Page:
By a decade later, he had established a freighting business in Tucson, benefitting from the fact the railroad had not yet reached Arizona. Charles supplied army posts, mining camps, and towns across the territory. He established a store in Tubac, serving area mines. In 1860, Charles could claim titles of the merchant, freighter, and mail clerk. In 1864, the territorial governor appointed Charles the first probate judge. He would preside over just one criminal case in his first year. He would tell a friend that Mexicans and Americans on the frontier “settled their own disputes without the aid of courts.” Soon his operations included the mill, a mercantile business, a blacksmith shop, a carpenter shop “and practically the whole town” by one account in museum archives. He established his adobe home across from the mill, and “La Casa Vieja” would one day be a historic landmark amid several public uses.
Charles joined in a partnership in Prescott that included ranch property obtained through the Homestead and Timber Claim Law. There he pastured cattle and other stock.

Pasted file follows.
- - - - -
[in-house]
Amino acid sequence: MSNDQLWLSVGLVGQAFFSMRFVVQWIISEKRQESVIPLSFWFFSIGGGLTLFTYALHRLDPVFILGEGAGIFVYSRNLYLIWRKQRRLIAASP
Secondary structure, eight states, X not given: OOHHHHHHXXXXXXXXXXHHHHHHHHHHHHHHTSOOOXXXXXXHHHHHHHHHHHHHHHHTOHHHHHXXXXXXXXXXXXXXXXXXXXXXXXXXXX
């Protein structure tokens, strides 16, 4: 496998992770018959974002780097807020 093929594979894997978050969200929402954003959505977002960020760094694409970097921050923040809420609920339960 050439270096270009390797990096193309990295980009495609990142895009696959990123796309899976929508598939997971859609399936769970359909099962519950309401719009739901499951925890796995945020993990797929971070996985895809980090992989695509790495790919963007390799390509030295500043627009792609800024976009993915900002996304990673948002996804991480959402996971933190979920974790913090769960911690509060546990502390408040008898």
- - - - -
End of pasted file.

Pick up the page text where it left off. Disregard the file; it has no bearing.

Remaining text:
On October 4, 1876, in Nevada City, California, he married Sarah Calvert “Sallie” Davis, an Arkansas native. She was a school teacher when she met Charles, 17 years older than she. They had four children – three daughters and Carl.
Briefly, Sallie would serve as postmaster of Hayden’s Ferry. Interested in politics, she hosted suffragist speakers and was a founder in the Arizona movement to women the right to vote.
Sallie served on the local school board and actively participated in the local women’s suffrage groups. It was there that young Carl was first exposed to suffrage, the women’s movement, and political activism. Additionally, Sallie created a household environment that demanded physical and intellectual rigor. Carl helped his mother haul water from the river to tend to the garden and to hydrate the livestock. Sallie also maintained a small library that included both classics of English literature and contemporary writings.